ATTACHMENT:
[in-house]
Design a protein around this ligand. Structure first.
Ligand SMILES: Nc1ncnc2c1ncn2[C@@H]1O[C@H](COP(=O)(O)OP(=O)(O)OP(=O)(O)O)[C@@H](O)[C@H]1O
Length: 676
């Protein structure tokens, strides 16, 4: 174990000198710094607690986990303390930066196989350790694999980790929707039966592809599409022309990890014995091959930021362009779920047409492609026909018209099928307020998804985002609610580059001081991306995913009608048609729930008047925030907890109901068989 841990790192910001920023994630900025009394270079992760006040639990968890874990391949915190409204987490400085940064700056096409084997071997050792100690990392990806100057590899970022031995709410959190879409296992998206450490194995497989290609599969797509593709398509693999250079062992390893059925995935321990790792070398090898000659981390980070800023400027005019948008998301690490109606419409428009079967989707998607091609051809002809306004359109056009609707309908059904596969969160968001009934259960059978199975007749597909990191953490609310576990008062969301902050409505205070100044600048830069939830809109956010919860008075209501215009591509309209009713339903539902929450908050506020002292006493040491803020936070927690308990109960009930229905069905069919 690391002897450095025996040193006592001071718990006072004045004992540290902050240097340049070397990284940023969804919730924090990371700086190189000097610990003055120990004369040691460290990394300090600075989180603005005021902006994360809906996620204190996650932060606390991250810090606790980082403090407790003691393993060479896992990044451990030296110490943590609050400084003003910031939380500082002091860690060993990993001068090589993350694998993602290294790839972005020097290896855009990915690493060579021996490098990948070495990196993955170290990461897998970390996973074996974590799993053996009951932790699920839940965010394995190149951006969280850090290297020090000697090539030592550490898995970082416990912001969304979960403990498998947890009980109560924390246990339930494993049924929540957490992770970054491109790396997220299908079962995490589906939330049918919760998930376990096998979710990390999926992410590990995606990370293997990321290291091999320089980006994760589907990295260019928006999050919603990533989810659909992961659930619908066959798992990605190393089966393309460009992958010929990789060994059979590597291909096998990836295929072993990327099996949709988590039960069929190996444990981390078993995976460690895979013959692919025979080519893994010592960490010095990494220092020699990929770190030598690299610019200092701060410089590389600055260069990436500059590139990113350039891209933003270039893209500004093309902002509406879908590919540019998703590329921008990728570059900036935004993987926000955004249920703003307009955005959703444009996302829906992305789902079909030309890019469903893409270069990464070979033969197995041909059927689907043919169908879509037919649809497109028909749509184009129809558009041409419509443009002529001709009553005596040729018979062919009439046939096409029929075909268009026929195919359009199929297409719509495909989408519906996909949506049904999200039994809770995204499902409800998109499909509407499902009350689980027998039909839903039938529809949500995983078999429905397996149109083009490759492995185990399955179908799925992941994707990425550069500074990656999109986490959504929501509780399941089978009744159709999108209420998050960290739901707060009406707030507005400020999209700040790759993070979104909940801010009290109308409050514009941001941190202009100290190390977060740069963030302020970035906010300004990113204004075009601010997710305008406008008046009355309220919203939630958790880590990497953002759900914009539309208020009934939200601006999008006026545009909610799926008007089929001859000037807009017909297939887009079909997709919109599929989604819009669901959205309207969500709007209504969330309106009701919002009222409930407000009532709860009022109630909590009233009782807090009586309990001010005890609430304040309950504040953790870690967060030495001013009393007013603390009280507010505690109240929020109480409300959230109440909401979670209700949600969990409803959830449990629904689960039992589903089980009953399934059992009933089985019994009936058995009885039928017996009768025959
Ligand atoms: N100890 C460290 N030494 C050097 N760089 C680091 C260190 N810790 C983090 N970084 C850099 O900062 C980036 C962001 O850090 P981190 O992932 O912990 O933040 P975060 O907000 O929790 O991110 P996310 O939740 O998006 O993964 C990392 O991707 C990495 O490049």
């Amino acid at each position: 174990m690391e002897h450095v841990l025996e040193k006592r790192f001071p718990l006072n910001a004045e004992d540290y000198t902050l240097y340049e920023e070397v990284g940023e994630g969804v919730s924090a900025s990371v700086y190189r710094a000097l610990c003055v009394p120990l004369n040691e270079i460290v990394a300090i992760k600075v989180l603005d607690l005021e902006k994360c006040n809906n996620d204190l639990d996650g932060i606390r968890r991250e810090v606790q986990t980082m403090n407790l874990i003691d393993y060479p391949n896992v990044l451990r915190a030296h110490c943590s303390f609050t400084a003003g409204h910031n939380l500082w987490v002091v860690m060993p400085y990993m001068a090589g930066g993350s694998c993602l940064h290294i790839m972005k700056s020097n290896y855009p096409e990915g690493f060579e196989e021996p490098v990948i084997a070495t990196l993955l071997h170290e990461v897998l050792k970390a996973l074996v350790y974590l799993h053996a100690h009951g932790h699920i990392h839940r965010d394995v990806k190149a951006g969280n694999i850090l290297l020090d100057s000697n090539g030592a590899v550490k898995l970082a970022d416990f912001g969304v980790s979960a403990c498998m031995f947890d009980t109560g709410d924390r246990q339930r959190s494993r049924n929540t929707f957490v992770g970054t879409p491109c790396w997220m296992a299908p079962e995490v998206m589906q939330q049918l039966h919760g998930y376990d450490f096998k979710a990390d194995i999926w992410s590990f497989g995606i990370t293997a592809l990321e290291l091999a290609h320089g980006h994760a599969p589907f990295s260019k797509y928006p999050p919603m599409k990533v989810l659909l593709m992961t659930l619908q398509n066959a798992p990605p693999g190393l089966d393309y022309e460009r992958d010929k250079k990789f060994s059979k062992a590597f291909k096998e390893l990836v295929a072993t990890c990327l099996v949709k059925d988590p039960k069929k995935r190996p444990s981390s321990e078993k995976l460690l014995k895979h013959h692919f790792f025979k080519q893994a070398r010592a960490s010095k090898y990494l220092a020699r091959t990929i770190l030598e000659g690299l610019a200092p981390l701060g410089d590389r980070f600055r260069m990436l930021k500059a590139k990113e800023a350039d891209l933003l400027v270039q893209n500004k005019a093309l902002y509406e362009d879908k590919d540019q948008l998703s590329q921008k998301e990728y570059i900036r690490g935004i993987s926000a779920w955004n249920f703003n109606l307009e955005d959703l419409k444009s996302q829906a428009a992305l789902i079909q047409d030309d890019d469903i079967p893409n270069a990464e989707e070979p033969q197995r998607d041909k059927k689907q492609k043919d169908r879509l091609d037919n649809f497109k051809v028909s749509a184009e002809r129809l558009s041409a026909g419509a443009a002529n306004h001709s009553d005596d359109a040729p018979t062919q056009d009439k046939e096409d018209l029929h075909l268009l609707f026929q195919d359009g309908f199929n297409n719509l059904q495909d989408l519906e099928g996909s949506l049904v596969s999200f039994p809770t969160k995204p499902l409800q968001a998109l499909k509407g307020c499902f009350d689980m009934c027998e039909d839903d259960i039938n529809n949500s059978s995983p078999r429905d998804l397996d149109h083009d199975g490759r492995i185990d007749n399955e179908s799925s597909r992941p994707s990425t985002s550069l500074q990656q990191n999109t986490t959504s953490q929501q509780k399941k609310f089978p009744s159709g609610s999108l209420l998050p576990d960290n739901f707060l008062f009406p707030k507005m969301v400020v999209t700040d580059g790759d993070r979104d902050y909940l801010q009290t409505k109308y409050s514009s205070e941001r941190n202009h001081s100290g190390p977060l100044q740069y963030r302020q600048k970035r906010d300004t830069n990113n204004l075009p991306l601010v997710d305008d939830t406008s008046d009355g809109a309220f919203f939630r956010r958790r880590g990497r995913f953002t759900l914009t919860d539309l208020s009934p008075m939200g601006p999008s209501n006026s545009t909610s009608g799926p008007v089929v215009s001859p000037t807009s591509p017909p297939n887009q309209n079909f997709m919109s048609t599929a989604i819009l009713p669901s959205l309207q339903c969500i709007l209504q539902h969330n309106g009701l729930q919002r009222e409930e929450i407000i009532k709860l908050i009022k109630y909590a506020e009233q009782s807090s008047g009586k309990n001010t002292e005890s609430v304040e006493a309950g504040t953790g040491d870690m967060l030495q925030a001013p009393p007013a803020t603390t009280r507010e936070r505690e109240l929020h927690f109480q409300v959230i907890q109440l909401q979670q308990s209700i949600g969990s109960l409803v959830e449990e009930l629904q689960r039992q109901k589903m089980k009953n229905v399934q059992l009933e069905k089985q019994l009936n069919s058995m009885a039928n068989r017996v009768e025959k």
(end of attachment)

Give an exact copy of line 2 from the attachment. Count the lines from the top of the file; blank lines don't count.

Design a protein around this ligand. Structure first.